“How big is this army and how close?” He demanded.

“They should be here by tonight. The undead prefer to move at night. I assume they’ll attack then.” The caravanner answered quickly. “I do not know their numbers at all. They do not leave the same traces as a normal army. I would predict at least 5,000, probably more. They grow with each village along the way.”

Lord Stebes made an ugly expression. “5,000 undead…”

This city likely only had a few thousand itself. Most of them were women and children. That meant that we were completely outmatched.

“How many soldiers can you conscript?” I asked.

Lord Stebes snorted.

“What are our numbers?” Saria leaned forward and asked.

Stebes frowned, but then answered. “Two hundred men on the wall. About 50 in my keep. If I take every able-bodied male between 16 and 40, we could raise another 1000. However, my armories only have enough to equip 300 additional.”

“550…” Saria leaned back with a hiss.

I turned to the merchant calmly. “Where did the undead come from? How did you encounter them?”

“What does it matter?” Lord Stebes growled. “They’re just more devil games. They were sent from Neraka.”

“They came from Perang… correct?”

“How did you kn- ahem…” The merchant covered his mouth. “That is… their location… how could we guess…”

“Perang?” Lord Stebes exclaimed. “A human city? That is impossible! Why would a human city generate undead and then attack ourselves!”

“They undead haven’t been attacking the humans.”

“Not Peri!” the elvish princess gasped.

I shook my head. “Not Peri either. How bad are things… in Benatang?”

“The beastkin nation!” Lord Stebes burst out. “You’re mad! It isn’t even the most convenient location to attack from Perang. The forests of the elvish nation are right there. You’d have to cross an impassable mountain range!”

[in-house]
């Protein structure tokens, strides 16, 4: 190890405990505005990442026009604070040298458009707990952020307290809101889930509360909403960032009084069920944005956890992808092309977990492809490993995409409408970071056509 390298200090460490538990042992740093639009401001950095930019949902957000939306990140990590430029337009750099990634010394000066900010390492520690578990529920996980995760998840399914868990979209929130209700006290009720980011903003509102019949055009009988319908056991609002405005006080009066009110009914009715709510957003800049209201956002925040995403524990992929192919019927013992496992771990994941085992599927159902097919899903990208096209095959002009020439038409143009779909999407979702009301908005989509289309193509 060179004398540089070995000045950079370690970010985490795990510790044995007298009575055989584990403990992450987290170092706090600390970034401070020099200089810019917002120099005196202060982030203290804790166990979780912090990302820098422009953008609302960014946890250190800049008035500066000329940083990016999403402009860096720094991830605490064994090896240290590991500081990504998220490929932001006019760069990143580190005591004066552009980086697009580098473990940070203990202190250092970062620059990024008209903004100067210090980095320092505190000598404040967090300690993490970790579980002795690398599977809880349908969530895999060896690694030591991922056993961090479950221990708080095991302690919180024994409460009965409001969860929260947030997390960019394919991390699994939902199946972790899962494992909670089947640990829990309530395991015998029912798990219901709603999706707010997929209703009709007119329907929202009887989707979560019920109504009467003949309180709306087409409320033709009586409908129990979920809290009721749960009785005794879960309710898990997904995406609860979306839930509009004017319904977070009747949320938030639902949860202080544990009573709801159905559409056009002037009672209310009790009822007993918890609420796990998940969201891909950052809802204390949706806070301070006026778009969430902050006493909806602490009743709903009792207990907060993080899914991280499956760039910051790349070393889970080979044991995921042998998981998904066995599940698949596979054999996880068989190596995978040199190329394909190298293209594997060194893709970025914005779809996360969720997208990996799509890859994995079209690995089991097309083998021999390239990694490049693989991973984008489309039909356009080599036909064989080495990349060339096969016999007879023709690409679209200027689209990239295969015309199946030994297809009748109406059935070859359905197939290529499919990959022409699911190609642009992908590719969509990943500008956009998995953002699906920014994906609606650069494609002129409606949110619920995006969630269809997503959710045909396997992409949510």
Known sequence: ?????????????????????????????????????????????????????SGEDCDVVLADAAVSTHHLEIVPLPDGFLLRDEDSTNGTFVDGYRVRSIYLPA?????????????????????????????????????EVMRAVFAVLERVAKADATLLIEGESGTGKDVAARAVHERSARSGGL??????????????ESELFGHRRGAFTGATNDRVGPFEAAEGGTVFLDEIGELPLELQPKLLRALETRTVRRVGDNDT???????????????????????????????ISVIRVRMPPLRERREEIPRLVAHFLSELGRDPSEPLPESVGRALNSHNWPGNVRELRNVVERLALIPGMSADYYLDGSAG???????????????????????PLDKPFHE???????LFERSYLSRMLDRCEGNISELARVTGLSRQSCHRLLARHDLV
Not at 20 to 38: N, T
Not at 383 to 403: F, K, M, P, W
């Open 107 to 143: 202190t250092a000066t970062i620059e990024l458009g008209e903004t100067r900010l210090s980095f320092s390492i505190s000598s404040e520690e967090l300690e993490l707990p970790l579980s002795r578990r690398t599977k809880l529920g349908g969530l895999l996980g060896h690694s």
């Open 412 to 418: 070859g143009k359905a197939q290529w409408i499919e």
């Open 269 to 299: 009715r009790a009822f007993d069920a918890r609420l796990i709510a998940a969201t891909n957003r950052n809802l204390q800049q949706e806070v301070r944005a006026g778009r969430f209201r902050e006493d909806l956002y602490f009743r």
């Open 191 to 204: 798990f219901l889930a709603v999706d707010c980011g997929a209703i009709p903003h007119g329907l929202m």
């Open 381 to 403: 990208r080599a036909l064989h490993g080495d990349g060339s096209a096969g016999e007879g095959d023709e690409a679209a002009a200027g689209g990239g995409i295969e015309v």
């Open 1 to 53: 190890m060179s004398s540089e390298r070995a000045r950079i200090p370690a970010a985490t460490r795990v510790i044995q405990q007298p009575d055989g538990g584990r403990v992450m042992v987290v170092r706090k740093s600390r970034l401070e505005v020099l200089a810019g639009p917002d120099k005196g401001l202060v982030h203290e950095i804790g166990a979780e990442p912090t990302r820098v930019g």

“Which isn’t very difficult, when you’re not alive.” I shrugged.

“Sir… we’re really just merchants. We were delivering goods from the Capital of Pria when…”

“Can we end this farce, we neither have the time nor the situation. Your caravan is a ruse used to spy. My guess is your country has been getting attacked by swarms of undead for months now. The mountains that separate the northern part of our country from your own, the same range that hid their movements, also kept us from hearing about it.”

“Your paranoia… it’s absurd!” Stebes cried out.

“Tell me, Lord Stebes… when was the last time you had someone approach from Perang? From the elvish nation?”

Lord Stebes looked down, “M-months…”

“We’d have been one of the last… and we bypassed Perang all together.” Saria spoke up.

The merchant sighed, straightening his back, his expression changing into something more diplomatic. “You are correct. For the last month, our country has been flooded with the undead. We were sent to investigate why the human nation as attacking us. I admit, when the Lord of this city refused to open his gates, I was convinced it was a declaration of war. Had you not come out to protect us, I would have sent a runner to begin preparations. Seeing that the man who saved us is a devil, I can’t say I’m not still uncertain. How did you know?”

“There were a few clues. I shrugged, first off, your caravan is extremely well armed for a journey across what should be a relatively safe journey between the elvish nation and the human nation. Bandits are known to be heavy in the south, but the northern paths are usually safe. You were also wearing clothing that didn’t match. Boots and thick clothing, the kind of travel over hills, not forests. Then, there is the fact that you’re selling meats and pelts, animalkin products. The elfkin nation exports mostly herbs and textiles. There was no way you had come from Peri.”

“You knowingly vouched to let spies enter my city?” Lord Stebes snapped.

“Would you prefer that they are allowed to report that the undead do indeed come from the human realm? Do you wish to start a war, Lord Stebes?”

“I see…” The leader sighed. “Since you’ve reasoned this all out, do you plan to capture of now?”

I shook my head. “How could we arrest you? You’re our distinguished guests.”

“Excuse me?” Lord Stebes shot me a look of disbelief.

“After all, you’ve done me a great service.” I smiled. “You’ve returned my sister to me. It has been a while, has it not?”

The robed woman sighed, pulled her hood off, two bunny ears springing up from under her hood. “Hello, Brother.”